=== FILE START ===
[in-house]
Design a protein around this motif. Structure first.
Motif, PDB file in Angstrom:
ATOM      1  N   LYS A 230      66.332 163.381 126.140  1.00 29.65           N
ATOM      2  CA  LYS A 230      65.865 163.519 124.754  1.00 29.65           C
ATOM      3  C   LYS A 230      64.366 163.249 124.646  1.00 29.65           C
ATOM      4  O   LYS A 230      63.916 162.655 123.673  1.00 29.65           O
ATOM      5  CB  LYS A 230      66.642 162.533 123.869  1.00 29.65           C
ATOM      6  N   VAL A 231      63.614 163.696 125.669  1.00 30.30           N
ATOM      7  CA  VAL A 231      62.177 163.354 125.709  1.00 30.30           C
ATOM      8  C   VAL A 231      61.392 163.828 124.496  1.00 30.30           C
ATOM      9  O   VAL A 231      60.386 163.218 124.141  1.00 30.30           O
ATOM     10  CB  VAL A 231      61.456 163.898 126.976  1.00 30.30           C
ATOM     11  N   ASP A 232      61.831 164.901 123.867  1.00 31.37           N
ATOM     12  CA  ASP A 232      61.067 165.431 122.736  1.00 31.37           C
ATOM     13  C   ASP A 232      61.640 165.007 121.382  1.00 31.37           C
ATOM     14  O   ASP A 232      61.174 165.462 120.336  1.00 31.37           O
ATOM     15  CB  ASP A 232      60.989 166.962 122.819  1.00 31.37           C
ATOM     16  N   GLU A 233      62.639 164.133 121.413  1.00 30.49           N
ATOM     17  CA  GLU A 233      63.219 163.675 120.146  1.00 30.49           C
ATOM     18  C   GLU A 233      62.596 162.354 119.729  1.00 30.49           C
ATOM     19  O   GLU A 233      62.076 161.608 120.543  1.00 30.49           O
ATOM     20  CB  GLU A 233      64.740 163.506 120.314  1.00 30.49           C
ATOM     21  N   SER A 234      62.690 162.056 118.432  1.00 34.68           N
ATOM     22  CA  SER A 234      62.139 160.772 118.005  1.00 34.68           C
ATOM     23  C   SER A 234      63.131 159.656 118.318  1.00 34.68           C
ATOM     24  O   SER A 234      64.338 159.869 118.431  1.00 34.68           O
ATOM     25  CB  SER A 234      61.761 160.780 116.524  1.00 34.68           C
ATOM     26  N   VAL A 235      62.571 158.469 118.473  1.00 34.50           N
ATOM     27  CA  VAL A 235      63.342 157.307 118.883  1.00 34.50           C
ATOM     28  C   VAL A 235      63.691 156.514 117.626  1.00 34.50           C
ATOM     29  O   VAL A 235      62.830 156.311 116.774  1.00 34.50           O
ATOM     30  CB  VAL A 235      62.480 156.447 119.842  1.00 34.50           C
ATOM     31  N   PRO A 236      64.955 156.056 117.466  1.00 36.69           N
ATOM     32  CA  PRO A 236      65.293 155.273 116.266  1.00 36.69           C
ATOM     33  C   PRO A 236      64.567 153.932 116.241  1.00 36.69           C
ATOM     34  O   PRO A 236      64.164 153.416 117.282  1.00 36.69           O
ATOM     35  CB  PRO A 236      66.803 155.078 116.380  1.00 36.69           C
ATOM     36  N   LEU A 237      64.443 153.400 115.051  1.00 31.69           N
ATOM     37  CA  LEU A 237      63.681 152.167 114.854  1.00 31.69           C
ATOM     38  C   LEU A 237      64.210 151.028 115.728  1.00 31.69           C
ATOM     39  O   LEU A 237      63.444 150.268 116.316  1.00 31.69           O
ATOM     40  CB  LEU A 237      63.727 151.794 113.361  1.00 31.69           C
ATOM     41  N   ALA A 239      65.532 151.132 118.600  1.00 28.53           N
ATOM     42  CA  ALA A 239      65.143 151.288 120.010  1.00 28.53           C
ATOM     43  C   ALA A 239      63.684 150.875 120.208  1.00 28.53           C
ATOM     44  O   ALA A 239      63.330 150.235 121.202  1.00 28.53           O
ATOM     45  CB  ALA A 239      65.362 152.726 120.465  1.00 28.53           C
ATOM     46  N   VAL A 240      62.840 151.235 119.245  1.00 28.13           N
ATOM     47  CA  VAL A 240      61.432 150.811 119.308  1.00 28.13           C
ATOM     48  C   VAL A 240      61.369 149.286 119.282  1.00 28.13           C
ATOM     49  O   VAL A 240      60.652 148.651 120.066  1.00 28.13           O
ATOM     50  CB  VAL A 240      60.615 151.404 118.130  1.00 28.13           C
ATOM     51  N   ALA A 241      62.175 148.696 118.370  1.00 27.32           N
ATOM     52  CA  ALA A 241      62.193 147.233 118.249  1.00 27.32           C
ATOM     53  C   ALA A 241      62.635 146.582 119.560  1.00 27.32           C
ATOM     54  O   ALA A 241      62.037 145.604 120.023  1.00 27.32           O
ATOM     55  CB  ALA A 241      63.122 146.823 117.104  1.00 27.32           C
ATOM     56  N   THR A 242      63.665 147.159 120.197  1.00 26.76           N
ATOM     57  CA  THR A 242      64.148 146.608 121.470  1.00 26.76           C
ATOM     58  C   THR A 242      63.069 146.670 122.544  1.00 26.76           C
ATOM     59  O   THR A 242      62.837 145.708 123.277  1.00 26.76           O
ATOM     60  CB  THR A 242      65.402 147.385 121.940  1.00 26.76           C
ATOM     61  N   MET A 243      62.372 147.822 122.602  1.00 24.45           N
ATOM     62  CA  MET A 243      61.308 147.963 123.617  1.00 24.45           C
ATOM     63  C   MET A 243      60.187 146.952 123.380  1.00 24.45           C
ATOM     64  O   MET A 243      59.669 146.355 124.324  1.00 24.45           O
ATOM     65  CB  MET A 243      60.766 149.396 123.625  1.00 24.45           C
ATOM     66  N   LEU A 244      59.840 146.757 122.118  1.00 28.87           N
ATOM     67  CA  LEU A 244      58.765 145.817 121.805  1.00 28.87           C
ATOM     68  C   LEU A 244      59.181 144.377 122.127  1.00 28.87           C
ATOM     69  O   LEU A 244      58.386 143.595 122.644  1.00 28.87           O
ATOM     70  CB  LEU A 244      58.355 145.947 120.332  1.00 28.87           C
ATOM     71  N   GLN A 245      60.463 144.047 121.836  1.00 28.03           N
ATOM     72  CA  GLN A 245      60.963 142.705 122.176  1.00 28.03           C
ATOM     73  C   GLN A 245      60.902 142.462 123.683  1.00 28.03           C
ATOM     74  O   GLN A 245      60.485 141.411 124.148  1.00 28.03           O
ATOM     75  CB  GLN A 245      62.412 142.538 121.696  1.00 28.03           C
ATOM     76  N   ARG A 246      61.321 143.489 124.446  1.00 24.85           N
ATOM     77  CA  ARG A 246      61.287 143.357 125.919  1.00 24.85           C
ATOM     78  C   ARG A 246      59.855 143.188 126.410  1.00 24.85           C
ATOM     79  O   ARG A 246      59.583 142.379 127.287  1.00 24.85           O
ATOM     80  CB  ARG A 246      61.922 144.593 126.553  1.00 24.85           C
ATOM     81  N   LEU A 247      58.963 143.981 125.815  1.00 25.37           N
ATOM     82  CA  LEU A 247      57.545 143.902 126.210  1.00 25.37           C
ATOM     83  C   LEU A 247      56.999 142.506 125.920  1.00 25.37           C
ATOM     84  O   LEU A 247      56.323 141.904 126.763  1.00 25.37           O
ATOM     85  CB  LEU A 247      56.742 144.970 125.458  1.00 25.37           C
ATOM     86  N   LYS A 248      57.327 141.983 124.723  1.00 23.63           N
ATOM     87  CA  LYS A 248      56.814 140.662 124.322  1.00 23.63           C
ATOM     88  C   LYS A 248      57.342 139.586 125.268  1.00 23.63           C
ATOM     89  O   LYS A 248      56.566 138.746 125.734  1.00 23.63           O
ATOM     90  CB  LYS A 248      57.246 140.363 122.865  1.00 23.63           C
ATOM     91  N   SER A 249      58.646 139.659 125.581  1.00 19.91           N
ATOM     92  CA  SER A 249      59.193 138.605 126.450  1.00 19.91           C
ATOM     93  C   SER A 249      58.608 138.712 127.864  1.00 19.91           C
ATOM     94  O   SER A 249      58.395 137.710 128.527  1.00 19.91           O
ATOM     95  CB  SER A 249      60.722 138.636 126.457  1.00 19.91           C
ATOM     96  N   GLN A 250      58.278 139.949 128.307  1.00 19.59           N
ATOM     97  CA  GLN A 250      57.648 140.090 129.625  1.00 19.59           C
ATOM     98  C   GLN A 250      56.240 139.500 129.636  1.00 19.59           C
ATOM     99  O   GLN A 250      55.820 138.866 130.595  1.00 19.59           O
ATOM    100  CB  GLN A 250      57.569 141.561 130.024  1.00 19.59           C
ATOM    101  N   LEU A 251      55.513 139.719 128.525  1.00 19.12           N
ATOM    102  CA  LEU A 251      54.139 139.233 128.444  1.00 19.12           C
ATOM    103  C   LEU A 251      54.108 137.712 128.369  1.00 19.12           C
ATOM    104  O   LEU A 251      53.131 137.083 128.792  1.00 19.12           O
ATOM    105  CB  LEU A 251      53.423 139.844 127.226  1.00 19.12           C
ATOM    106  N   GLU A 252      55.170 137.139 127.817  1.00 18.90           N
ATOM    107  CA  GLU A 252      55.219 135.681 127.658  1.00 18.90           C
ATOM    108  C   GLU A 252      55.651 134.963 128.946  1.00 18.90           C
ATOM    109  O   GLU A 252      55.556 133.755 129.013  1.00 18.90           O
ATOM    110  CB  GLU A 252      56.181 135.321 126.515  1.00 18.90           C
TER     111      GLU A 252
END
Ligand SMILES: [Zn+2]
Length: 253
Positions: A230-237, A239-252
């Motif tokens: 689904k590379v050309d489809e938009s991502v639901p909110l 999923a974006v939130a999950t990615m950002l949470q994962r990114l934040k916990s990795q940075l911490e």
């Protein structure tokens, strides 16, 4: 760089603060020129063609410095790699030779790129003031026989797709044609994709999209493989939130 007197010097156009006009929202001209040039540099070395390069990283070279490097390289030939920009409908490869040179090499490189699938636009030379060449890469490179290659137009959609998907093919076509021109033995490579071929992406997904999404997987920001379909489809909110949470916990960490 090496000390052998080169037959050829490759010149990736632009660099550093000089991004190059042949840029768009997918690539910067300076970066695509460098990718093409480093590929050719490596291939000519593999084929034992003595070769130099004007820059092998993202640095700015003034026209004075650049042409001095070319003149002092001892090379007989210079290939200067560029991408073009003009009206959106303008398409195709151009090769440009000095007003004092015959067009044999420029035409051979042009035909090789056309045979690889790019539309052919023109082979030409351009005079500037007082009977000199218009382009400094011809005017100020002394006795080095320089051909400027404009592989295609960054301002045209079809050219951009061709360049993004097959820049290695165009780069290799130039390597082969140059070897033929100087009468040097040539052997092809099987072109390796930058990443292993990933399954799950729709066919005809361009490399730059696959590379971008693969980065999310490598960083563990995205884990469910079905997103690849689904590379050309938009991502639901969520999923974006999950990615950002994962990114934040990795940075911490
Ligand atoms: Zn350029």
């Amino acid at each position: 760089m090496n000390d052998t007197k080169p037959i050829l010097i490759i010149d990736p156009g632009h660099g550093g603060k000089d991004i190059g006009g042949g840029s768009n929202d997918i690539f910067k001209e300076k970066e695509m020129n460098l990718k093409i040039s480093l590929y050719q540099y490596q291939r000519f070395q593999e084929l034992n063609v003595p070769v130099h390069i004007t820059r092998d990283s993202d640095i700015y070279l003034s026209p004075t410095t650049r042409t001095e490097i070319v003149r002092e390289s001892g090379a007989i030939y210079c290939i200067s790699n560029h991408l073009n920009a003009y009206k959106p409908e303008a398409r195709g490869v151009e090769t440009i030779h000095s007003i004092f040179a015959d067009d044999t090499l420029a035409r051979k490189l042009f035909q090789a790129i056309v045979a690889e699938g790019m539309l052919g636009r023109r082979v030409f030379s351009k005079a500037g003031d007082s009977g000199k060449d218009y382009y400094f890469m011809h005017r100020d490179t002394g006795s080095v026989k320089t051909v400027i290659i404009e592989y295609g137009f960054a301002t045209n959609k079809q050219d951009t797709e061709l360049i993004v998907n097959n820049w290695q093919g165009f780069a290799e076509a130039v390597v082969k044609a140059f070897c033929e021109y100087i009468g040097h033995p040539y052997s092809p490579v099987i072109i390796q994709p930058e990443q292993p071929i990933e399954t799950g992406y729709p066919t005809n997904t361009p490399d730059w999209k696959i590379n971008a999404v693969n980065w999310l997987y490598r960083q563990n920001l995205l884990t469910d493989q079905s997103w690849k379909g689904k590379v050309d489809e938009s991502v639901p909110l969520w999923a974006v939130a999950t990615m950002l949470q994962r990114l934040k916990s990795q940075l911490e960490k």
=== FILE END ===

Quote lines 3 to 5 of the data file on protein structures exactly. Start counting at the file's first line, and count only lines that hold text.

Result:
Motif, PDB file in Angstrom:
ATOM      1  N   LYS A 230      66.332 163.381 126.140  1.00 29.65           N
ATOM      2  CA  LYS A 230      65.865 163.519 124.754  1.00 29.65           C